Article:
Michigan became the 24th state to pass “right-to-work” legislation on Dec.11, amid scenes of protest reminiscent of the Wisconsin, Indiana and Ohio capitals in recent years. The law means that public and private sector employers cannot require employees to become union members or pay union dues as a condition of employment. So-called right-to-work states differ from union-security states, where the law allows collective bargaining agreements to require all employees to join the union or pay union dues. TheMichiganright-to-work law came as a surprise to many because it was introduced and passed in a matter of days.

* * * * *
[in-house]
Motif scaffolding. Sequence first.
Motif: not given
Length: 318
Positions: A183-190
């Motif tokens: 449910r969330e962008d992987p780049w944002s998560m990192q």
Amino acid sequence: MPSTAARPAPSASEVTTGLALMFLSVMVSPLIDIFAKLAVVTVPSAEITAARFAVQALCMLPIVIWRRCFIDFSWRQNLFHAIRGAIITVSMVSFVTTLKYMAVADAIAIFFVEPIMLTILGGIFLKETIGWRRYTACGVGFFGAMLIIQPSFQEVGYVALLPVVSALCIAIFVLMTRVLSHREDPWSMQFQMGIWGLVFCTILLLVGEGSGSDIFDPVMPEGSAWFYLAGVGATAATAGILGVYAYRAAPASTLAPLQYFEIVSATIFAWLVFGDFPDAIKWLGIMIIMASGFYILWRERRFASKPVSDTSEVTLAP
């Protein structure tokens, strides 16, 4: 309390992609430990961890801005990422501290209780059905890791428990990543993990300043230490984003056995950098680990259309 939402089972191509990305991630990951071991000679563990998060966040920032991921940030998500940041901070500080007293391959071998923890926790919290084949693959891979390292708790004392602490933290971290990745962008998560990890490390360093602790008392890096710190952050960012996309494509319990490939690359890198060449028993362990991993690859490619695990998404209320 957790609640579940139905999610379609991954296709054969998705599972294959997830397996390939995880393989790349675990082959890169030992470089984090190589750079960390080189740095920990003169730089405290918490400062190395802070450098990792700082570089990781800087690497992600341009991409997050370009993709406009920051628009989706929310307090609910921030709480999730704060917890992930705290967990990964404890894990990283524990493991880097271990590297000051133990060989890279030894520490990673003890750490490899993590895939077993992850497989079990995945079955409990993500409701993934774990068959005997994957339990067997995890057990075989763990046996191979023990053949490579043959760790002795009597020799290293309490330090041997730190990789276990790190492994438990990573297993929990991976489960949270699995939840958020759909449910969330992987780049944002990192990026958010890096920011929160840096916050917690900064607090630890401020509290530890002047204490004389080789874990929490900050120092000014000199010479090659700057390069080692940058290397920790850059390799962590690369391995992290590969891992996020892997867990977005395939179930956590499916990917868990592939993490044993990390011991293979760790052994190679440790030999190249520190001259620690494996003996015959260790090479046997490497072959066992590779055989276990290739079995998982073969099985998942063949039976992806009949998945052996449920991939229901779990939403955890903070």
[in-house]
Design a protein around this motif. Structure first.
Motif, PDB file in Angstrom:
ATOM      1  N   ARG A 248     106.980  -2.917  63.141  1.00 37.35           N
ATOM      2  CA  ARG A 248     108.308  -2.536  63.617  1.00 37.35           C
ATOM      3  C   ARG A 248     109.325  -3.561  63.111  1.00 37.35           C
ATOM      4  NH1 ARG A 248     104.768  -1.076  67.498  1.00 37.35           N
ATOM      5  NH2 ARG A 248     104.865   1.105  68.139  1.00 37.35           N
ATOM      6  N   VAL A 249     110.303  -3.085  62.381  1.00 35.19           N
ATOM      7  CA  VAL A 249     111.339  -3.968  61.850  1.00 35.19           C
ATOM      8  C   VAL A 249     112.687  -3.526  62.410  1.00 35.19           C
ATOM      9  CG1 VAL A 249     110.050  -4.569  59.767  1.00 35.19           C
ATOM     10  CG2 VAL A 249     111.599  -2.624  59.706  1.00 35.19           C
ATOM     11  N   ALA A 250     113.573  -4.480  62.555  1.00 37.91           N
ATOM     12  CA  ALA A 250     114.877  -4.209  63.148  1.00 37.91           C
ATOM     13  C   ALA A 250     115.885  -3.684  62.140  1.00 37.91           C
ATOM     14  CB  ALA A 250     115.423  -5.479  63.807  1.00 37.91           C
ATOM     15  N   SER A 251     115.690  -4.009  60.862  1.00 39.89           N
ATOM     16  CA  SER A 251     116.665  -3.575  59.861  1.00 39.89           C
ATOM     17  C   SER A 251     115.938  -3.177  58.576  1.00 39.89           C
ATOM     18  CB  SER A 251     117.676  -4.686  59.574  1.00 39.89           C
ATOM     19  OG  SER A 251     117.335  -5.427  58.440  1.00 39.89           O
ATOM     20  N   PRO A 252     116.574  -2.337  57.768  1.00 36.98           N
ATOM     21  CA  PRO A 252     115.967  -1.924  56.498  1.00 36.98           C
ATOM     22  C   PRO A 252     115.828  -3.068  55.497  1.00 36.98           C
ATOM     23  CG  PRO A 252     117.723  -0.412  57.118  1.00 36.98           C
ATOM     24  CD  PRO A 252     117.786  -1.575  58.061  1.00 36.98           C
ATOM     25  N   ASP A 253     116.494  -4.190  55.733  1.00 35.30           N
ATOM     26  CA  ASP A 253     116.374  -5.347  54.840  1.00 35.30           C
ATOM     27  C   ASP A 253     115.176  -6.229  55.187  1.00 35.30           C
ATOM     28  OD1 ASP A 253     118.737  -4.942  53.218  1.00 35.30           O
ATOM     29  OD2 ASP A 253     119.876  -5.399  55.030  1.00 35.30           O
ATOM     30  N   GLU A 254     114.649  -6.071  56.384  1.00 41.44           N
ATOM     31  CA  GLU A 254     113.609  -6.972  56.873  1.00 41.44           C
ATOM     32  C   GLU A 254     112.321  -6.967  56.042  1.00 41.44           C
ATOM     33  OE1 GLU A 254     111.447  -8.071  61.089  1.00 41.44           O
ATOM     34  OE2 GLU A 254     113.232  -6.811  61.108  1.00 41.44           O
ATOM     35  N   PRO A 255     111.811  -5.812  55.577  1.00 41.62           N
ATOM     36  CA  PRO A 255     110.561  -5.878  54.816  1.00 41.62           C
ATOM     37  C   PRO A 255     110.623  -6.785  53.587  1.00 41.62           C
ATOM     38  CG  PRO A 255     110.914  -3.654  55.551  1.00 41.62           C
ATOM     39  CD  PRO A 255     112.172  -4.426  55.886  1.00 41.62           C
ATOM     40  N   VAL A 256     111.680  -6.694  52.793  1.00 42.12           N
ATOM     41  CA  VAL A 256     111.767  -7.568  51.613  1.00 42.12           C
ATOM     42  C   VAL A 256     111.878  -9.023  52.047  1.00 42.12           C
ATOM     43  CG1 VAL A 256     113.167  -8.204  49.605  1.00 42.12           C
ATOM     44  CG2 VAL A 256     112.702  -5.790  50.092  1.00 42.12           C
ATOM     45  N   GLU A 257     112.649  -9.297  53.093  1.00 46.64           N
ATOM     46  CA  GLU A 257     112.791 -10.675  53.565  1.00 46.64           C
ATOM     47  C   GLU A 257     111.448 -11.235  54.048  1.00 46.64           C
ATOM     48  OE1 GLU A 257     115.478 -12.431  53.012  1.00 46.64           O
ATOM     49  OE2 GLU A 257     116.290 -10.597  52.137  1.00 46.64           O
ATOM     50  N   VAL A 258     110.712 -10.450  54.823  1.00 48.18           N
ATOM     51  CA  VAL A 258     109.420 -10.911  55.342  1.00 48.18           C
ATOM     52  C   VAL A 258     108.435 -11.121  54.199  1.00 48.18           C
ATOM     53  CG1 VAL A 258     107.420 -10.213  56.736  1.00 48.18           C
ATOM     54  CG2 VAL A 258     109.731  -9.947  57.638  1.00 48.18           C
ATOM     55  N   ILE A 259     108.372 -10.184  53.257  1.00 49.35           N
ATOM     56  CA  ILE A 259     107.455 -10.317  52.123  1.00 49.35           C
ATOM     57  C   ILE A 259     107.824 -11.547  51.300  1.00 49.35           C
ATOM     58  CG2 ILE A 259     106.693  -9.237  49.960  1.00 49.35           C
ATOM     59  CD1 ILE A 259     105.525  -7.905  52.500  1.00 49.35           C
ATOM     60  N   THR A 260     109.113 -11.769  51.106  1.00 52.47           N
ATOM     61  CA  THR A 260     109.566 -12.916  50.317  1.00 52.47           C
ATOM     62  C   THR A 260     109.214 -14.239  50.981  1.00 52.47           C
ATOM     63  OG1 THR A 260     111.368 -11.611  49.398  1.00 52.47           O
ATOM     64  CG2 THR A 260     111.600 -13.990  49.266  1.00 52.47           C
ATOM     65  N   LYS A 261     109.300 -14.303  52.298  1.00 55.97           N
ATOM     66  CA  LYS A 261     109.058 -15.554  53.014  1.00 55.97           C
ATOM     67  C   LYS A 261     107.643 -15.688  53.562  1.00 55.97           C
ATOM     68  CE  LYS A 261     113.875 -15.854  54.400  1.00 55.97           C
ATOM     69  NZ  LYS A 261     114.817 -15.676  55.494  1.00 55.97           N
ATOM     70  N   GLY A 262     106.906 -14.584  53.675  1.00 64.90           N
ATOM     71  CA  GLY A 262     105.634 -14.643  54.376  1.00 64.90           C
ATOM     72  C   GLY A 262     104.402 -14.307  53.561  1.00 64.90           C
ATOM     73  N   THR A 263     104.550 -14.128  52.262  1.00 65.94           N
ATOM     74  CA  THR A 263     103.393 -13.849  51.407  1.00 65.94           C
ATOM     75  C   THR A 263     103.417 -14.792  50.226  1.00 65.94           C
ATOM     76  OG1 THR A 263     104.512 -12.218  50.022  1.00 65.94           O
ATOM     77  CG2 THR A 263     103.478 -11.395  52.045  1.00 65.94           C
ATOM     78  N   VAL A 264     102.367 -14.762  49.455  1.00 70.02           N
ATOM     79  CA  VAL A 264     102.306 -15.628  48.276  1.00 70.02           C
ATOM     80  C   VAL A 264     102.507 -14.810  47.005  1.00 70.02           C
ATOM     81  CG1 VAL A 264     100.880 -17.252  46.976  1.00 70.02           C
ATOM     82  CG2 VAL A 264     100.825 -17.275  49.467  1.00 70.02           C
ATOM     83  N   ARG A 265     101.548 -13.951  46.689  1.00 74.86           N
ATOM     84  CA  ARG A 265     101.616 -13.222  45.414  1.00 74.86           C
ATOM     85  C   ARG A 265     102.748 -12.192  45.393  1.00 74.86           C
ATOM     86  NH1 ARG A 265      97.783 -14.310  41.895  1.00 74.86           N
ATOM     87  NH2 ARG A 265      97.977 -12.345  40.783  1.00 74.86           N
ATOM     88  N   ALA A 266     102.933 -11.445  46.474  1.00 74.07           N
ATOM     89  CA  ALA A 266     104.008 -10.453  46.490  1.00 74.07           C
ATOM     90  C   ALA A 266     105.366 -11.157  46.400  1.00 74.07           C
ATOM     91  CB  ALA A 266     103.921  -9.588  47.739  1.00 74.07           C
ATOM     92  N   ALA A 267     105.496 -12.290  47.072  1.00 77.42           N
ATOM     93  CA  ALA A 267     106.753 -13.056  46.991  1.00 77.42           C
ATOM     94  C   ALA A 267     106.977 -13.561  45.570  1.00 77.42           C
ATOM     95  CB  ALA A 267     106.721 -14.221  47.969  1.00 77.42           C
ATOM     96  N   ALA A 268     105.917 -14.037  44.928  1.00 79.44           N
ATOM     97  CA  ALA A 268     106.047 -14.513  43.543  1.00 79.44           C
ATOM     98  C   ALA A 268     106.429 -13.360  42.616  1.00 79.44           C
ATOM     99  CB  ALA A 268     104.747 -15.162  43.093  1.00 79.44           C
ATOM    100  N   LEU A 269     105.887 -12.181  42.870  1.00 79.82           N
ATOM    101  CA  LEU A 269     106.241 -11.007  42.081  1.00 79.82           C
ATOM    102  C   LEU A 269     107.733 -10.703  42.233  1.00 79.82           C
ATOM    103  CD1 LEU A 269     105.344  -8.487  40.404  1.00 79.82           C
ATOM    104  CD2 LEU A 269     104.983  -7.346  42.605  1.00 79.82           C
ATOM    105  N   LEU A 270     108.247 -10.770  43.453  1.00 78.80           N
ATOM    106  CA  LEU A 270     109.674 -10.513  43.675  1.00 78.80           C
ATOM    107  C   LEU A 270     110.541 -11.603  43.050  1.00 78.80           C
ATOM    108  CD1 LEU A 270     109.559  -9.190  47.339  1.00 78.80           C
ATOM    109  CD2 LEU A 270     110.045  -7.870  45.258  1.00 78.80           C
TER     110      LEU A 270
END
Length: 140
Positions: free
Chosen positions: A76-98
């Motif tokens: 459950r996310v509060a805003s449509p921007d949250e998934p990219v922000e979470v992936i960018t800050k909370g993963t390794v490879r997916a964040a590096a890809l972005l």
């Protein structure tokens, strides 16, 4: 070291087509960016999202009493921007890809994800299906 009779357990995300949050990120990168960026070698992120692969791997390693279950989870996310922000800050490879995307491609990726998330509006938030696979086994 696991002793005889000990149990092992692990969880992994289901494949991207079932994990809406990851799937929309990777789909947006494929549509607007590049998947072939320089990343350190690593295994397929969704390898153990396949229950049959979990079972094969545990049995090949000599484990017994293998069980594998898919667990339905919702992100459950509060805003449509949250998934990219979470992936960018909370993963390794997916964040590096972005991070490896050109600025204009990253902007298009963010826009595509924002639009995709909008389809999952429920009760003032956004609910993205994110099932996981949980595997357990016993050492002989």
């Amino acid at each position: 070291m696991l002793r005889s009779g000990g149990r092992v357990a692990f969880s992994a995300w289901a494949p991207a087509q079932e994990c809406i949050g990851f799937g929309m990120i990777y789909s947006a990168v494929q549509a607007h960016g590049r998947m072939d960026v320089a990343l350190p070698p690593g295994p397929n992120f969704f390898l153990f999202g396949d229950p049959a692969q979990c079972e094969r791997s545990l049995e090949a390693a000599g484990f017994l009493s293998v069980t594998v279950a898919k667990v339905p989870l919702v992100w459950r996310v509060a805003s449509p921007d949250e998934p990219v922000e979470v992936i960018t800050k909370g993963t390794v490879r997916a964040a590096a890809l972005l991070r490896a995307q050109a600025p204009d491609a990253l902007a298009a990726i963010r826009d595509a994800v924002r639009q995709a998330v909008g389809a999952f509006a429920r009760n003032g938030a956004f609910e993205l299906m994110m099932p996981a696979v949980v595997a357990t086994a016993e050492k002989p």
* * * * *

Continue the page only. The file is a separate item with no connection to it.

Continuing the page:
The Michigan law is yet another powerful blow to labor dealt by states over the last few years. In 2011, Wisconsin was at the center of a national polemic caused by Governor Scott Walker’s law, popularly known as Act 10, which removed collective bargaining rights from public employees. This law proved to be the beginning of a snowball effect as a wave of legislation followed inOhioandIndianaaffecting both public and private sector workers. Although later repealed, Ohio implemented legislation similar to the Wisconsin law that prevented public employees from collectively bargaining on significant issues related to their employment. Indiana became the first state in several years to pass right-to-work legislation.